Decided on April 29,1960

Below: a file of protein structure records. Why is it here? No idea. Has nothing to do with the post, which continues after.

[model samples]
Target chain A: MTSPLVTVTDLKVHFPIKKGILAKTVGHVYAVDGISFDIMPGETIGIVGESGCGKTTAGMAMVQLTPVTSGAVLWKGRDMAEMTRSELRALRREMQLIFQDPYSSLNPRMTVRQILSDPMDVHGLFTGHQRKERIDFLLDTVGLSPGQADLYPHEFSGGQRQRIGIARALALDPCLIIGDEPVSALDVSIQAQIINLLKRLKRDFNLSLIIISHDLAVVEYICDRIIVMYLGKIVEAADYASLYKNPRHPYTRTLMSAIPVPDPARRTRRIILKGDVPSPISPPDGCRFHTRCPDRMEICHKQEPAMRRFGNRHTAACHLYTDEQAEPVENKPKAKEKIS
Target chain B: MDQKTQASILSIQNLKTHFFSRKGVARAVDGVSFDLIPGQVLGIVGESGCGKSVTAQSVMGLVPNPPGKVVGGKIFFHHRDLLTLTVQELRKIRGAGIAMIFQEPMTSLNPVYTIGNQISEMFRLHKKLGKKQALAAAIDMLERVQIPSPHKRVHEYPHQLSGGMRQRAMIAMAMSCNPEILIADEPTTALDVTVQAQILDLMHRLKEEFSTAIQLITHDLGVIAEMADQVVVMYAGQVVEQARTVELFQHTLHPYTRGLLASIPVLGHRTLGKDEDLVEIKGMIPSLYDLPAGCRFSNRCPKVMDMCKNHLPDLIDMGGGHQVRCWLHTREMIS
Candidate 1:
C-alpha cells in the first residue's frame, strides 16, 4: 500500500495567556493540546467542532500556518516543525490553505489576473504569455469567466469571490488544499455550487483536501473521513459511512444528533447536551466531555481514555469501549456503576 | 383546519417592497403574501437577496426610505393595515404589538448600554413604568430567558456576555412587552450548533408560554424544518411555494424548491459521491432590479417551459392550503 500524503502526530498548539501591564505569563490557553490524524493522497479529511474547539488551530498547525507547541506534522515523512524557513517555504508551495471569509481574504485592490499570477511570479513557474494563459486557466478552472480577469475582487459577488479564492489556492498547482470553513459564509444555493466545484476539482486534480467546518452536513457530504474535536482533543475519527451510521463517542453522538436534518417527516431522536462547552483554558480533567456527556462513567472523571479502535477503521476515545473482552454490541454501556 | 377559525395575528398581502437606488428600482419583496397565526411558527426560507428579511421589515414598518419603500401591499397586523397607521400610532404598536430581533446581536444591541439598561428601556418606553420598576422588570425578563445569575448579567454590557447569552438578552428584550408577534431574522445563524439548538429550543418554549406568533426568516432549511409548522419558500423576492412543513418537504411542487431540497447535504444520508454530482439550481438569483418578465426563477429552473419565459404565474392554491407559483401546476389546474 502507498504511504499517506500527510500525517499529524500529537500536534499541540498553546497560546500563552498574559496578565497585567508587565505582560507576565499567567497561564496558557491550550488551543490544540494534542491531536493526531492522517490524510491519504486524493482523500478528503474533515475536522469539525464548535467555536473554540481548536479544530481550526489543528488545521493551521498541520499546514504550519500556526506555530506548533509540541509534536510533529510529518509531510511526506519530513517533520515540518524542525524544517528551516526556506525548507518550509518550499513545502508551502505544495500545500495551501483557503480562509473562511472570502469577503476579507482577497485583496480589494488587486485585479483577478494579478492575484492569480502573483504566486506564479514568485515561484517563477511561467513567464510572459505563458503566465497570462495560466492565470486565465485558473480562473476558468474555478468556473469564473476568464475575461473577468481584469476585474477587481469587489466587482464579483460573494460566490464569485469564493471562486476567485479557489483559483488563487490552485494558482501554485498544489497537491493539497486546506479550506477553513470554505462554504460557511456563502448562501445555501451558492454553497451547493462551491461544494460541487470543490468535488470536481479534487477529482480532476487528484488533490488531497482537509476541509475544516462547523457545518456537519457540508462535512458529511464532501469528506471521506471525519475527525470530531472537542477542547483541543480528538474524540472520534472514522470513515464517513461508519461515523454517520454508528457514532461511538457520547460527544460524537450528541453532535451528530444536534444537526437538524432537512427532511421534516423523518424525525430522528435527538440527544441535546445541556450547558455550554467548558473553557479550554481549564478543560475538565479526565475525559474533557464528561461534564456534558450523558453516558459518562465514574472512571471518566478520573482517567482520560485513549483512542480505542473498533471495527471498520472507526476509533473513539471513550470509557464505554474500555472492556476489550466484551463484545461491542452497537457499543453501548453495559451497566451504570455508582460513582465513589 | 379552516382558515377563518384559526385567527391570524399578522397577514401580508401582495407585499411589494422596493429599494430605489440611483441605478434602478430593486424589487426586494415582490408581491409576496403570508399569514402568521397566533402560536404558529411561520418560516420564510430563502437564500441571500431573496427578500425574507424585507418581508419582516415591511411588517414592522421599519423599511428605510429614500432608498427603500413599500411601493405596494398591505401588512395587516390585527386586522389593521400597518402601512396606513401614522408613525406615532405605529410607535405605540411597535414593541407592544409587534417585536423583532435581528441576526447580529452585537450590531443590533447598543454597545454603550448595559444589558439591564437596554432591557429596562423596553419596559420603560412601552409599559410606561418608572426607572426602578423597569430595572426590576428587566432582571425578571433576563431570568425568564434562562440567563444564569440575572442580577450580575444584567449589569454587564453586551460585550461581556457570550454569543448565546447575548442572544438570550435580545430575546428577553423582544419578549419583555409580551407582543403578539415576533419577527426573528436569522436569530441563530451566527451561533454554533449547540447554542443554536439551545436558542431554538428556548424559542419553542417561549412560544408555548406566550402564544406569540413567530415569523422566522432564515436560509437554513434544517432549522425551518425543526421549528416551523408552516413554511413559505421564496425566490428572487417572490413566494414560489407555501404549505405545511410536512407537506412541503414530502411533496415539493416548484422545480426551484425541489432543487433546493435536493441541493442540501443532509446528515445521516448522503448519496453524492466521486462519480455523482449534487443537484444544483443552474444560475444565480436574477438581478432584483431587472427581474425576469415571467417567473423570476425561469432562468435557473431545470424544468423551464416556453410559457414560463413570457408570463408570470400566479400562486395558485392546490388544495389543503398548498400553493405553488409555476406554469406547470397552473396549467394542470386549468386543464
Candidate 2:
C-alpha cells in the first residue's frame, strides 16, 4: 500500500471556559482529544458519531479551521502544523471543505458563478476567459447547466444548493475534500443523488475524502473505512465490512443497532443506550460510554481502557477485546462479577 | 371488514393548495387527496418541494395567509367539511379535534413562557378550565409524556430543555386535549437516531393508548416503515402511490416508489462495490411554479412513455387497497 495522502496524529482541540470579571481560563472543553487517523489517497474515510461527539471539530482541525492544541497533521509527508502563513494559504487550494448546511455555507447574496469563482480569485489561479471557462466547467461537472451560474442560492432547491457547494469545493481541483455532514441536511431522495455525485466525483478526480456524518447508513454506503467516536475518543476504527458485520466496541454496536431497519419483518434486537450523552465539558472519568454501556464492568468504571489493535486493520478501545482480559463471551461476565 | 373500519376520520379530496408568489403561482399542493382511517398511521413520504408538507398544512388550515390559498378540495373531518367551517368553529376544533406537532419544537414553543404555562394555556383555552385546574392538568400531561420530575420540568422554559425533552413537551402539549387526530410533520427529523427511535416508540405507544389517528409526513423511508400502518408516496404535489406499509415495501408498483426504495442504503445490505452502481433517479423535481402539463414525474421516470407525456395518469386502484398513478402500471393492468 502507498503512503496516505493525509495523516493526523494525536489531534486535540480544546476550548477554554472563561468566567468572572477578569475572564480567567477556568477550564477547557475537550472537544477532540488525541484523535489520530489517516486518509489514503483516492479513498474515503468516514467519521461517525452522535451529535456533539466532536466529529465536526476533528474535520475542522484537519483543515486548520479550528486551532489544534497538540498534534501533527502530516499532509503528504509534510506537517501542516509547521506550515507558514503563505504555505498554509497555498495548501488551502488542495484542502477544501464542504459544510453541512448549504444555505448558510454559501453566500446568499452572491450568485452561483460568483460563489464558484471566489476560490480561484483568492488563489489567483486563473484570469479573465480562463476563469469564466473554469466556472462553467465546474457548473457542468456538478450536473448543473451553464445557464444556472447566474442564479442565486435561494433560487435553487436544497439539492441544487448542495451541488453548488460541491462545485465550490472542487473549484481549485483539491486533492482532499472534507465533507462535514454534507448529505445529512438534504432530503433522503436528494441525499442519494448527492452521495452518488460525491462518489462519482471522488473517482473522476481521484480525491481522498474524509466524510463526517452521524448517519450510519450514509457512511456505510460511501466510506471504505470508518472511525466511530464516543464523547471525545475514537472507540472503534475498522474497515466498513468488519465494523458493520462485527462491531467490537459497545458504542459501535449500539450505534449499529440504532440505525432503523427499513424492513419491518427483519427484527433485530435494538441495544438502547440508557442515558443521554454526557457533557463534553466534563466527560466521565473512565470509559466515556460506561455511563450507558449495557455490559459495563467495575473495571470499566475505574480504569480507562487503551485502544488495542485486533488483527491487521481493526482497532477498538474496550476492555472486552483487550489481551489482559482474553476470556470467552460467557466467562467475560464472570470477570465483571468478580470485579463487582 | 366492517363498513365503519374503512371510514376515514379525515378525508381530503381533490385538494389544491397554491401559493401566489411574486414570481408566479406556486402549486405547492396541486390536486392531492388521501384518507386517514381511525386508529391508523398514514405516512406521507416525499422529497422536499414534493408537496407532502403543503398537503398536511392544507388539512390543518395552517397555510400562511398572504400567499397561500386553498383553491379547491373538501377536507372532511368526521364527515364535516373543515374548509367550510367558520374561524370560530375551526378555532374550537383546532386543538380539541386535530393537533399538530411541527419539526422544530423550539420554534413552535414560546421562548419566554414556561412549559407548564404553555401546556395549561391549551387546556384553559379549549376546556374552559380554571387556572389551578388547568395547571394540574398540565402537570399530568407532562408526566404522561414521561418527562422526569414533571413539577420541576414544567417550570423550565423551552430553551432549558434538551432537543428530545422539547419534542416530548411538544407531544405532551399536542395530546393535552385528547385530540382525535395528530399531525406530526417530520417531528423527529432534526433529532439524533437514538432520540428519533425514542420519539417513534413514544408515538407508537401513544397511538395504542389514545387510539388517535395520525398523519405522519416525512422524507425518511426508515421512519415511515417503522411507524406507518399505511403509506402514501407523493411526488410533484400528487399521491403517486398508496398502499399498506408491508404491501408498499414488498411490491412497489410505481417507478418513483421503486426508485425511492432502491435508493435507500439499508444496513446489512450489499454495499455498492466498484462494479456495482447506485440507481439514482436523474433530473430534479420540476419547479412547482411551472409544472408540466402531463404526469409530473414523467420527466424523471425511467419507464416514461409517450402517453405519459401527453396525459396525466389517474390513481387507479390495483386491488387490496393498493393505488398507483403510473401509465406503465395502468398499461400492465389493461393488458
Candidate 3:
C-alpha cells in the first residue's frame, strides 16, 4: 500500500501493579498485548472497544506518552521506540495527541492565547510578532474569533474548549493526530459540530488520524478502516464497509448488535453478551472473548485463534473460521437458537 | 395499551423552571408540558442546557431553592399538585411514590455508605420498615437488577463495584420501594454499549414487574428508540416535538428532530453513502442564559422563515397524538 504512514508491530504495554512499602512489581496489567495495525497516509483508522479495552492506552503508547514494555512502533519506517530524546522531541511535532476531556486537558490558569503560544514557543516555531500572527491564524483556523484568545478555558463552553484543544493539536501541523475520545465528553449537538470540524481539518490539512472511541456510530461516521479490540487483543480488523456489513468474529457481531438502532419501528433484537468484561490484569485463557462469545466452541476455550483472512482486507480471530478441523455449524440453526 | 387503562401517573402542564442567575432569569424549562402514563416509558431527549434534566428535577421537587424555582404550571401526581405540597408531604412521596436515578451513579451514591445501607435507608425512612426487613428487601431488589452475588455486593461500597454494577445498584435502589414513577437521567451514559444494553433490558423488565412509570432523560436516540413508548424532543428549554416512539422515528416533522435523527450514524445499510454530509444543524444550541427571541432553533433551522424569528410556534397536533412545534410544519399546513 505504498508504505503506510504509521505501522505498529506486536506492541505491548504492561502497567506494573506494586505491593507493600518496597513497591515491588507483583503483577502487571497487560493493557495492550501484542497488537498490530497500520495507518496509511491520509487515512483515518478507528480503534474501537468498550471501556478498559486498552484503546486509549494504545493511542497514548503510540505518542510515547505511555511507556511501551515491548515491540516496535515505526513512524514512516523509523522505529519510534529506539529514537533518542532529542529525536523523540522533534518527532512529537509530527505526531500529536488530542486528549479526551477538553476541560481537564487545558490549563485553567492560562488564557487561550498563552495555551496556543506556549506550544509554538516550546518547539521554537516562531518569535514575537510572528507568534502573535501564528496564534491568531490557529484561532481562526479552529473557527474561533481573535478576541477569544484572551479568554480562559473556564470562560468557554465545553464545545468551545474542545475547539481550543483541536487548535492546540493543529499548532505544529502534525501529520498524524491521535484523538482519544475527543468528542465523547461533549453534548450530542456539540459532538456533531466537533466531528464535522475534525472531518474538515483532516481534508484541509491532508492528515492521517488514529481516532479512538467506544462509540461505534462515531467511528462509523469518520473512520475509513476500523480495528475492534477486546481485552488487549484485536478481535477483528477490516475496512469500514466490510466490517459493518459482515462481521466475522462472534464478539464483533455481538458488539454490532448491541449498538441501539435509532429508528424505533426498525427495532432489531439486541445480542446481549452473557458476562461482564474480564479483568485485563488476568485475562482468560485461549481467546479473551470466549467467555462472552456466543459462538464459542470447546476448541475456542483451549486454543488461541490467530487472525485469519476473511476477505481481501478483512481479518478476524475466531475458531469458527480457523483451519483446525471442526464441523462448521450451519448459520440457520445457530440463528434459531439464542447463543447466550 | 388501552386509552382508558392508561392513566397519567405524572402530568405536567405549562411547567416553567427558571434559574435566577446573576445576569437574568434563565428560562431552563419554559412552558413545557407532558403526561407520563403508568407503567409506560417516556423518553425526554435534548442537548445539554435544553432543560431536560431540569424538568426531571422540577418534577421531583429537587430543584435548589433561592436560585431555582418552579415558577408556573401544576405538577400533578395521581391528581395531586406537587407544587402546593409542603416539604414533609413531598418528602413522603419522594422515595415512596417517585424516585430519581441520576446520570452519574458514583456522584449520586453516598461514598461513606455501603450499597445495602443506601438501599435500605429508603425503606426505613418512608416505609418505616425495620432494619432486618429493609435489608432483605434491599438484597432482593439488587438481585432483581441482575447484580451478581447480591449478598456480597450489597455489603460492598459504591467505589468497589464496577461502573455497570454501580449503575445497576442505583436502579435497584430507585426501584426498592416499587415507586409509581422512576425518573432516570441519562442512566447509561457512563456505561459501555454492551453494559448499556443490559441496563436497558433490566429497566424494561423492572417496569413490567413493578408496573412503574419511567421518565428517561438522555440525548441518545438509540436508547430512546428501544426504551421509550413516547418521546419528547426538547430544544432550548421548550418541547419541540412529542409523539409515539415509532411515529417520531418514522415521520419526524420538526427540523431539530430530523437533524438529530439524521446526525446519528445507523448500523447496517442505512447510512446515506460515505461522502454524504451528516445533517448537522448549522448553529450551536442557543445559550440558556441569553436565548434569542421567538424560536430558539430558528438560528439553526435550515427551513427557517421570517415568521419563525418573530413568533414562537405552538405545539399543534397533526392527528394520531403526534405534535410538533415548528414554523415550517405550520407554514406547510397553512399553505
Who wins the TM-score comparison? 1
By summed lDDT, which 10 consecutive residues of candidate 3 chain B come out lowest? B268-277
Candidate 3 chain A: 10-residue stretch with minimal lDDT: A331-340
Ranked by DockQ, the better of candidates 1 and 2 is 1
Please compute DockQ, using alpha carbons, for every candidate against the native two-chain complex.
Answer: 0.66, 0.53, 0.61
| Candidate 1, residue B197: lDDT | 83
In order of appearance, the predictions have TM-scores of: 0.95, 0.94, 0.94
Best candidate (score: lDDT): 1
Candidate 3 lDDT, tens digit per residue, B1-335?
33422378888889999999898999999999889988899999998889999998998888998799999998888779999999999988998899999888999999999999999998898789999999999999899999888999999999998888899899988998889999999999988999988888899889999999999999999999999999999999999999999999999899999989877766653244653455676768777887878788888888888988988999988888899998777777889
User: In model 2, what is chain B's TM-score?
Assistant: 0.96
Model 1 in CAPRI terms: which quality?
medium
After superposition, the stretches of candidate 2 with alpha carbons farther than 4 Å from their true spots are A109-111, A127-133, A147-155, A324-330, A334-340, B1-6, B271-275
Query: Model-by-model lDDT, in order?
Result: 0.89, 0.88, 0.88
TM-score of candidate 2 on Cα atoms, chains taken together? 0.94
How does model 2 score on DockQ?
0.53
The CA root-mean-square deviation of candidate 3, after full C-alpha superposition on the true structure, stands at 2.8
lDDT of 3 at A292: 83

ROOP SINGH Appellant